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Bill held after nearly three hours of testimony about polygamy

Bill held after nearly three hours of testimony about polygamy

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SALT LAKE CITY — After nearly three hours of often emotional testimony about polygamy, including from women who said they were forced into underage marriages, a House committee voted to hold a bill altering the definition of bigamy.

HB99, sponsored by Rep. Mike Noel, R-Kanab, drew a standing room only audience that also included men and women who told members of the House Judiciary Committee they feared prosecution for practicing polygamy.

The committee chose to hold the bill after an amendment was proposed by Rep. Brian Greene, R-Pleasant Grove, that would reduce the penalty for bigamy from a felony to a class A misdemeanor and make it a secondary offense.

Greene said he wanted to ensure the existing policy of not prosecuting bigamy as a "stand alone" offense would continue, warning the attorney general's office "can easily flip the switch back" if lawmakers don't take action.

"It's clear that this is a complex issue and I don't think the original bill did it justice," Greene said. "Wherever we go from here, I think we really need to make sure we’re not painting this whole community with a broad brush."

Noel opposed the amendment, saying he had made a commitment not to reduce the penalty. The committee agreed with Rep. Lowry Snow, R-Santa Clara, who asked that more work be done on the bill.

Snow said that they should be looking at prosecuting those who use "religious influence, especially with children," that causes abuse.

The bill, Noel said, was an effort to comply with recent court rulings by defining bigamy as both purporting to marry someone while already married and co-habiting with that person.

He said after the meeting he didn't know what would happen next.

Noel had asked the committee to take the dramatic step of swearing-in several witnesses, including LuAnn Cooper, a member of the Kingston family who had to quit school at 15 to marry her 23-year-old first cousin.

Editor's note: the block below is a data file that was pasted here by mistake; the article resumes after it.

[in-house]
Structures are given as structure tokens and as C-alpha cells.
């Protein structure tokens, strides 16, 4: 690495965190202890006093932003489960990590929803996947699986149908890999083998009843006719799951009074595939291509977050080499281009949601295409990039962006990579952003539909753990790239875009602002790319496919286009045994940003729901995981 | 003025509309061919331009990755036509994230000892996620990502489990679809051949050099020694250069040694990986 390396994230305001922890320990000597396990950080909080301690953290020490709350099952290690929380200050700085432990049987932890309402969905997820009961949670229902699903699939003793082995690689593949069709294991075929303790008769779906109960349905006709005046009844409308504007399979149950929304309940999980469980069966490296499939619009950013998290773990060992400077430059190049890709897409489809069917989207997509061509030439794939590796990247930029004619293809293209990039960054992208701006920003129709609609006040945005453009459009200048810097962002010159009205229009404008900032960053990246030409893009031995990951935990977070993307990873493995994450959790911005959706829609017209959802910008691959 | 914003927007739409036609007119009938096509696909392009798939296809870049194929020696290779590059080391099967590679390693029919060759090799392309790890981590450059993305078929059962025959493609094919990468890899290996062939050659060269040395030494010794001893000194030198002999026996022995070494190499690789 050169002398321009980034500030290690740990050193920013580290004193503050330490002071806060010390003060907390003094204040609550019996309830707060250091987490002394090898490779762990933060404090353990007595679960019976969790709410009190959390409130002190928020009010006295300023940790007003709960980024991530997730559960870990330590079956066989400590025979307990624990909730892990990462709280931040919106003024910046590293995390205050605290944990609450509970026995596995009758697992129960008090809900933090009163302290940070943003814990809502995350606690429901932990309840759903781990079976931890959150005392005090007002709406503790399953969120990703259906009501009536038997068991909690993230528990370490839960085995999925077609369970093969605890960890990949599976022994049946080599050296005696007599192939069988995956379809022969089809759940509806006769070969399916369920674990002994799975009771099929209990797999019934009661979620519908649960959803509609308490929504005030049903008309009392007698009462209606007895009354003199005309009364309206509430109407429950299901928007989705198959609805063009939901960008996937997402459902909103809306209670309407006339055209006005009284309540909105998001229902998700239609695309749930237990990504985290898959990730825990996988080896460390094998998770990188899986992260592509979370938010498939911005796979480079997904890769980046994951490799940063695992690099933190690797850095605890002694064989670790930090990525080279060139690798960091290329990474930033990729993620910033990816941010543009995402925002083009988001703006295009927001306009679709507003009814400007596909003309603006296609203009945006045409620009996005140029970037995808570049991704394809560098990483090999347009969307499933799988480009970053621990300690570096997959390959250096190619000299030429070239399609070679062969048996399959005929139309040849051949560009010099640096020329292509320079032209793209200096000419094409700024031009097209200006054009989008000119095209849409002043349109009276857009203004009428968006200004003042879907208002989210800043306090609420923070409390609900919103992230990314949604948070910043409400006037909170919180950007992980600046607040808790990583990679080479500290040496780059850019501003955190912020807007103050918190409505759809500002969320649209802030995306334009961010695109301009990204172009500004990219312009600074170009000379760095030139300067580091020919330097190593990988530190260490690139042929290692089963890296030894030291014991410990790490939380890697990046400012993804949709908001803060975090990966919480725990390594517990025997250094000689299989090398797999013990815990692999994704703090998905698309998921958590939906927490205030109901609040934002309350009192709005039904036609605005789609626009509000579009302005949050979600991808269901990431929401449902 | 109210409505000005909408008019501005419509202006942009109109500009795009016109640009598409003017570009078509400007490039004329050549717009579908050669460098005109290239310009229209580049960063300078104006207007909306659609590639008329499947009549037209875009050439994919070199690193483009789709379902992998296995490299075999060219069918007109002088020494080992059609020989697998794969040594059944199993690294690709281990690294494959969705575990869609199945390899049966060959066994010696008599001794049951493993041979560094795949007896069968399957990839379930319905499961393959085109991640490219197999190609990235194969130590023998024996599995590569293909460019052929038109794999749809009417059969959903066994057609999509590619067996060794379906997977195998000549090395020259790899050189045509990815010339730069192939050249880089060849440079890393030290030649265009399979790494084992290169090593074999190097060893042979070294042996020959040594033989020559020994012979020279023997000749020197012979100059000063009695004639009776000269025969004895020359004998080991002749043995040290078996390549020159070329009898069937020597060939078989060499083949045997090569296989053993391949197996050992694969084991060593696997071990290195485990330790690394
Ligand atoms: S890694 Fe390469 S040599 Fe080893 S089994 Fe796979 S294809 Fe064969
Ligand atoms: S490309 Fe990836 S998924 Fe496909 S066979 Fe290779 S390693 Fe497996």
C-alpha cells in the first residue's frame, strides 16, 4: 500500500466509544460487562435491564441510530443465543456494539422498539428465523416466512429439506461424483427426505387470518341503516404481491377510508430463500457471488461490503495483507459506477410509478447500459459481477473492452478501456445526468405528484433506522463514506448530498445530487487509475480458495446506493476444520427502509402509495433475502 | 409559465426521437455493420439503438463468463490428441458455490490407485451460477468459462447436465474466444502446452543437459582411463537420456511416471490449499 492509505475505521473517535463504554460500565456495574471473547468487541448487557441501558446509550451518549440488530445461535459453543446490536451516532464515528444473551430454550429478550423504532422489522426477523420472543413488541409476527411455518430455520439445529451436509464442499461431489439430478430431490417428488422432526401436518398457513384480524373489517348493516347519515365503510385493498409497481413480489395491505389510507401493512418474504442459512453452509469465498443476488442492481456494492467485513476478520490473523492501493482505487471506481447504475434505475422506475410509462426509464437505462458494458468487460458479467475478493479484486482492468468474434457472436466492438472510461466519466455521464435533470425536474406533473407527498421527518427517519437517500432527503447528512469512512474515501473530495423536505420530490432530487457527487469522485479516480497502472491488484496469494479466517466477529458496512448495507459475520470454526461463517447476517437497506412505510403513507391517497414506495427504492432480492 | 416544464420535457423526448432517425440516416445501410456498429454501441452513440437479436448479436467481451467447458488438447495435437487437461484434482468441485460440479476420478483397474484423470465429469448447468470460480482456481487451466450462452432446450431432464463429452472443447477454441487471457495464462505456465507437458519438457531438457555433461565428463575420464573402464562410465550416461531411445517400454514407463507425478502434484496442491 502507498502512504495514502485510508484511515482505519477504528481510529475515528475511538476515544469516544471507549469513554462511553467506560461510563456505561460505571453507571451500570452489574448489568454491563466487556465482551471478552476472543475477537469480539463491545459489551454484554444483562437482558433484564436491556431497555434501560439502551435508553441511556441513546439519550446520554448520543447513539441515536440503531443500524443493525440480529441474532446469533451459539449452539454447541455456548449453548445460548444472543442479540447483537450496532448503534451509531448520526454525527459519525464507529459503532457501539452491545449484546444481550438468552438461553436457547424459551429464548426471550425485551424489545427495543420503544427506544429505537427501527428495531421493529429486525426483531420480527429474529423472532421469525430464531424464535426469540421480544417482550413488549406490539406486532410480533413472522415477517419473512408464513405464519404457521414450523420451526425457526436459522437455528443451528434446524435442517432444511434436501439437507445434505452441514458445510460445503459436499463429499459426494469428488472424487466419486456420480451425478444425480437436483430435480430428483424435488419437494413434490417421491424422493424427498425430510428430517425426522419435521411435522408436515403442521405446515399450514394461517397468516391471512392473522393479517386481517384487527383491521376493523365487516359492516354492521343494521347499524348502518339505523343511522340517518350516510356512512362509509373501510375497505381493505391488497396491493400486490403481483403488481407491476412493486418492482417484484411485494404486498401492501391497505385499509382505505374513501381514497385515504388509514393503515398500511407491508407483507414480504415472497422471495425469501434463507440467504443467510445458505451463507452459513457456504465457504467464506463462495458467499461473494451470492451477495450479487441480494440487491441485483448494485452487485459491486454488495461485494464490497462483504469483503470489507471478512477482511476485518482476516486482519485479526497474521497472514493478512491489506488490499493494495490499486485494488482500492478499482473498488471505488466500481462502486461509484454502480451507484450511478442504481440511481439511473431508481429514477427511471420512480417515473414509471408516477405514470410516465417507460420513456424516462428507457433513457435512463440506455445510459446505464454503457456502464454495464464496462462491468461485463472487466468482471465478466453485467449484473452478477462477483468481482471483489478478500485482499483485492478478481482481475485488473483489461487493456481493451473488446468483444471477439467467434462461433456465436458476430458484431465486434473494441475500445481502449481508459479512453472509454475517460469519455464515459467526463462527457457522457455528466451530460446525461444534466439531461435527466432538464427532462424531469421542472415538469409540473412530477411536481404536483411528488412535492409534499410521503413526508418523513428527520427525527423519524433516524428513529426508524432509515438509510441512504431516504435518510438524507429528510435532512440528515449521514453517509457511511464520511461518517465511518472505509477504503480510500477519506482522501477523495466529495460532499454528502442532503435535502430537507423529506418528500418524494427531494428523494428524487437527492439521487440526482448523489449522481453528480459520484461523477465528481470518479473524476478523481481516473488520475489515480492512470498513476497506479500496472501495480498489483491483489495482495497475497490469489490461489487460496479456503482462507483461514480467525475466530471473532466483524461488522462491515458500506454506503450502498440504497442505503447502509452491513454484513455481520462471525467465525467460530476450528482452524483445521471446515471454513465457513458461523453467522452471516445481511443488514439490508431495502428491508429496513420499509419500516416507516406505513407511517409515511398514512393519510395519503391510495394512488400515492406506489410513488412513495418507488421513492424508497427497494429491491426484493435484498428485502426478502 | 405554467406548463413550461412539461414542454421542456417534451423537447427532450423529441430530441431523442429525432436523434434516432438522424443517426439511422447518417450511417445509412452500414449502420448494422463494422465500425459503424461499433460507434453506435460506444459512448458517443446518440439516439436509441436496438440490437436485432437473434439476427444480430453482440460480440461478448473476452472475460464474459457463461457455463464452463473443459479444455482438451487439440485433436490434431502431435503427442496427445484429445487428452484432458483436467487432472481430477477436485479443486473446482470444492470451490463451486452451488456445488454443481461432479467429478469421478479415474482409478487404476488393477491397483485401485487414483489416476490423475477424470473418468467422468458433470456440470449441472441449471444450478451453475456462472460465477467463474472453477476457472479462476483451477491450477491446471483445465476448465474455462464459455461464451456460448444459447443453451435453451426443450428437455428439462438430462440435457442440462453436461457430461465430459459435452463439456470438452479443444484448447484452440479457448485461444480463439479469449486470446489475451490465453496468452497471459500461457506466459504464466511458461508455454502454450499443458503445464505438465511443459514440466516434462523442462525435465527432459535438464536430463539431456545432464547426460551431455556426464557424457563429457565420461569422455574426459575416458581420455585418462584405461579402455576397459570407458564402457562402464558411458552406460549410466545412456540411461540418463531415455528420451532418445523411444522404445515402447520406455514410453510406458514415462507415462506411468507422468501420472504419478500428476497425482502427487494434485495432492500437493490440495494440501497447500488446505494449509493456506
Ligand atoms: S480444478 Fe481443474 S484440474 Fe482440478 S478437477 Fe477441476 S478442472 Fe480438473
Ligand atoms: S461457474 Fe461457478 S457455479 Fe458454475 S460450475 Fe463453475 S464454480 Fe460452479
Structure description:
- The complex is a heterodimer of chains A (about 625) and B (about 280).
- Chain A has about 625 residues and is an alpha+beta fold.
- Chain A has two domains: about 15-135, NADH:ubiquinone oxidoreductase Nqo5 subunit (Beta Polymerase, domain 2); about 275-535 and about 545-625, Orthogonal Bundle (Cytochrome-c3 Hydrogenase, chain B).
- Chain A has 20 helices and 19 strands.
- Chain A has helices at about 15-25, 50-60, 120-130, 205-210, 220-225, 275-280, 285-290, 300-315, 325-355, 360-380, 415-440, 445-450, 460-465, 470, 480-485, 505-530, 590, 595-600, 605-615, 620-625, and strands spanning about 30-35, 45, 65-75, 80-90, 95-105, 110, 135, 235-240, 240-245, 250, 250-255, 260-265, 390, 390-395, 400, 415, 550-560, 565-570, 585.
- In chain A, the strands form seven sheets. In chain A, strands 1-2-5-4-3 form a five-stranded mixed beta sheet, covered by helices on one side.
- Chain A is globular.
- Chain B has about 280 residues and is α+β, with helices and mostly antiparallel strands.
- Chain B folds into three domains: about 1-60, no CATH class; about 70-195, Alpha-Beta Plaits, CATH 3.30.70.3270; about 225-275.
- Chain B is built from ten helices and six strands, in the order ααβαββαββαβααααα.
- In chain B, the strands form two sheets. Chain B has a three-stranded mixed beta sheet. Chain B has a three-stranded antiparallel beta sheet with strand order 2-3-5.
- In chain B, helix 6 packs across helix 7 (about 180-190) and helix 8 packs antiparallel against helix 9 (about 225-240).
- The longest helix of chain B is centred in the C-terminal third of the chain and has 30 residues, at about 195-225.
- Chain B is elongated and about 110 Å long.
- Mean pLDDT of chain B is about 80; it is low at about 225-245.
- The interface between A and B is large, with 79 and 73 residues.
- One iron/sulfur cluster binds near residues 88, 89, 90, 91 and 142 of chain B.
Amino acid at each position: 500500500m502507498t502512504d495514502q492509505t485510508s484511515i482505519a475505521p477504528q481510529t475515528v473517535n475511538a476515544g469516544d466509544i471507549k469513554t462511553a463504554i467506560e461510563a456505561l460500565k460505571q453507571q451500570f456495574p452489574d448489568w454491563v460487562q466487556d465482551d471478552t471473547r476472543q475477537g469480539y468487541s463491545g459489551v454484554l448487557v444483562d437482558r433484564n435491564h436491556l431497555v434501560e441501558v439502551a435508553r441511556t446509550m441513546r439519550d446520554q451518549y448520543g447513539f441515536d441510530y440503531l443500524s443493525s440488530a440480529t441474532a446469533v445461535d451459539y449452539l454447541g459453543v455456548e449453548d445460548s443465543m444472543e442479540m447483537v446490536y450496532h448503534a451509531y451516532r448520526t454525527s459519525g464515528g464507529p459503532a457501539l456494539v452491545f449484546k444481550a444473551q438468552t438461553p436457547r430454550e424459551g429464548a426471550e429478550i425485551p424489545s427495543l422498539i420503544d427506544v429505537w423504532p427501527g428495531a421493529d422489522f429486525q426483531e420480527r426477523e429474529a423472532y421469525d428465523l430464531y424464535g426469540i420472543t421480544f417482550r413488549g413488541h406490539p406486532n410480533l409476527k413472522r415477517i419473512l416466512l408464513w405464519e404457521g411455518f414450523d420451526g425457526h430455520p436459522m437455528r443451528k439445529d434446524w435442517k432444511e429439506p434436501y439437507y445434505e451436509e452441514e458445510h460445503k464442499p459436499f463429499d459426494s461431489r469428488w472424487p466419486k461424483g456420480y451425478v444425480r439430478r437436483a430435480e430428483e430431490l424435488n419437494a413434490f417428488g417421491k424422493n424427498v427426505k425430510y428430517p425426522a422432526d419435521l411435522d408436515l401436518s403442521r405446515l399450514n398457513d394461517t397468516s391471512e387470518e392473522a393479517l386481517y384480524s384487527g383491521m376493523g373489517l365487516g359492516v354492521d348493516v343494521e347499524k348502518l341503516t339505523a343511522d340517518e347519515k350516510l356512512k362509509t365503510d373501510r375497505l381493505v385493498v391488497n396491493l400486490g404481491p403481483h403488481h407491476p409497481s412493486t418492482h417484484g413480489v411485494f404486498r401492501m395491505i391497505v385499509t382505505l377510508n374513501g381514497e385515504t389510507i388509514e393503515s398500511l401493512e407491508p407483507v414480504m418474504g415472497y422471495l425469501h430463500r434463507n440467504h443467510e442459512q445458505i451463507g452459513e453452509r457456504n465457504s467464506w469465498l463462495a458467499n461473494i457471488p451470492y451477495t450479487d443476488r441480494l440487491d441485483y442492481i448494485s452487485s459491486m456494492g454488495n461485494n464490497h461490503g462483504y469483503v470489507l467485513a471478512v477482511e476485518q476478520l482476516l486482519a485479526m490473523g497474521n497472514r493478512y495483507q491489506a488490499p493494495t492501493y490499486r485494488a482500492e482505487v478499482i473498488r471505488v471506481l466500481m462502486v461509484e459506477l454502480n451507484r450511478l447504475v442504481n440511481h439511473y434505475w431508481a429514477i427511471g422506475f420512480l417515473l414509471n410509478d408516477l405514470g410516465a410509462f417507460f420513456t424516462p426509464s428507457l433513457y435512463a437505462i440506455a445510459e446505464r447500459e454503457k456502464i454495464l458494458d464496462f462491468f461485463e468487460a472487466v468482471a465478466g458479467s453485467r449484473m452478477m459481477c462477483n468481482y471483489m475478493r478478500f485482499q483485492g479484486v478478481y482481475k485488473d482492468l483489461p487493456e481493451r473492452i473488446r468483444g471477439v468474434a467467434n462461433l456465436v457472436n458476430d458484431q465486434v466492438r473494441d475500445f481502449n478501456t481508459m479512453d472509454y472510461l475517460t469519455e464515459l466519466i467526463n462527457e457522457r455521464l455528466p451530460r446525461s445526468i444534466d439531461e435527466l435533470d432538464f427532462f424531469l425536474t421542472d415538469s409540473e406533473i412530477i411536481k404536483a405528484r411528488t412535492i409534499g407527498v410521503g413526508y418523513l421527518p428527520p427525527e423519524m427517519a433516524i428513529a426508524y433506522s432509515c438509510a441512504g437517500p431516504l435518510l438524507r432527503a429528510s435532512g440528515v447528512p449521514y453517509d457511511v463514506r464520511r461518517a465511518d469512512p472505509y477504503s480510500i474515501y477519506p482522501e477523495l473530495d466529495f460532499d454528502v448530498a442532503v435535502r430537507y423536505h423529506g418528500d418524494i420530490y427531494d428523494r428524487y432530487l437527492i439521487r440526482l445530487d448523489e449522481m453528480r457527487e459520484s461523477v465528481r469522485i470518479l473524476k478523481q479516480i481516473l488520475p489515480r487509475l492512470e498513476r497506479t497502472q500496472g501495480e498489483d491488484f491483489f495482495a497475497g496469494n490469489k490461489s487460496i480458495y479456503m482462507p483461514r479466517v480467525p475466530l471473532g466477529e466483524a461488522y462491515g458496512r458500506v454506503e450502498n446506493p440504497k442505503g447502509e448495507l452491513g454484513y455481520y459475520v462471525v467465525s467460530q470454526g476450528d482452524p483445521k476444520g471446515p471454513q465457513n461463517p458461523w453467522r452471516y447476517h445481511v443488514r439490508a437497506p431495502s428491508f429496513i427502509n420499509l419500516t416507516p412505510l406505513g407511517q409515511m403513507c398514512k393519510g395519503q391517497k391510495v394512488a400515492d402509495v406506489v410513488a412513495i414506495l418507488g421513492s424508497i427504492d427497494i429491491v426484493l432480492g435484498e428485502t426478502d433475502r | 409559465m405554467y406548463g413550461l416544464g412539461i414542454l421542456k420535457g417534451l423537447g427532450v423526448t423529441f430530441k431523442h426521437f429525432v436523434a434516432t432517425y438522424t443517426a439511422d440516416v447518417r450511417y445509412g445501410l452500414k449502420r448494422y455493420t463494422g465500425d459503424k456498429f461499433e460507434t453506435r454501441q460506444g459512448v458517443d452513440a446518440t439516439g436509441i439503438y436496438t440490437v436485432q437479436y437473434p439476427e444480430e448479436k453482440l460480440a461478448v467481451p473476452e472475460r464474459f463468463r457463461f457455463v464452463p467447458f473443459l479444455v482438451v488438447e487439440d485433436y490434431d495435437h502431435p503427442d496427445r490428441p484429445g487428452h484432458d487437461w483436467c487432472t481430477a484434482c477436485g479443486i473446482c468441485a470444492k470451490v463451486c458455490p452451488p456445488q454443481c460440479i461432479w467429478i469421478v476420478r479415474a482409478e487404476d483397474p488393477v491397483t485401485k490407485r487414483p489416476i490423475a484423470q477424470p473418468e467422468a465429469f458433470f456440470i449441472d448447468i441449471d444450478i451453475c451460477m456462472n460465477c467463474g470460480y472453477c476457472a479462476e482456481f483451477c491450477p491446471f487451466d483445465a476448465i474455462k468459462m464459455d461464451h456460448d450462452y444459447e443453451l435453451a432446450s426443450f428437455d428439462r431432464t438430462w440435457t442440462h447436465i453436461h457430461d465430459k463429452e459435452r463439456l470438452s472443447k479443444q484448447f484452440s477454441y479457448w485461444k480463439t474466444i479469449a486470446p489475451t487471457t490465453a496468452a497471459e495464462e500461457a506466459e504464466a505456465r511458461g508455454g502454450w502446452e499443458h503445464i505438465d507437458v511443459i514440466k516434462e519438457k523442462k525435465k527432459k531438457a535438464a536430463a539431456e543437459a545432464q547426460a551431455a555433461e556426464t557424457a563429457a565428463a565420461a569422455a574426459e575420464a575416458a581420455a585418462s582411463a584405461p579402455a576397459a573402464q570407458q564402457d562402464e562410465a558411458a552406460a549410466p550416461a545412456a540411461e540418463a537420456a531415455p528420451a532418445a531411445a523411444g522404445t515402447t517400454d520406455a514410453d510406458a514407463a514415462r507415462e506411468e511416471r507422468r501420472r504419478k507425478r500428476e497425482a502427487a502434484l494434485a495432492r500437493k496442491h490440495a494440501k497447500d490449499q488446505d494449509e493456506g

"I lived in a loveless marriage. He considered me an item rather than a person," she told the committee. "I am here today because I feel polygamy doesn’t get prosecuted. People are getting away with it."

Scott Howell, a former state senator, described how six women escaping a polygamous group turned up in his legislative office because they didn't want their daughters to have to submit sexually to the group's leader.

"It's time for the state to be honest and forthright about the existence of polygamy in Utah," Howell said, likening the forced marriages of young girls in such groups to a human sacrifice.

Some in the audience offered a different view of polygamy.

Veronica Baker, who brought her young daughter to the hearing, said she was raised in a loving polygamist family but had to call her father by his given name, because her mother was not his first wife and the family feared prosecution.

"We had to lie to everyone we knew because our father would be thrown in jail," she recalled. When her father was there, Baker said, "it was a happy thing. All of my moms were happy to have him home."

Others said that fear of prosecution would make it harder to help those who want to leave a polygamist group.

"I have no love for polygamy," said Shirlee Draper, a former FLDS member who now advocates for victims of the polygamous community. "To tell me I would have been a felon for practicing my religion, I would have gone underground." Email: Twitter: DNewsPolitics


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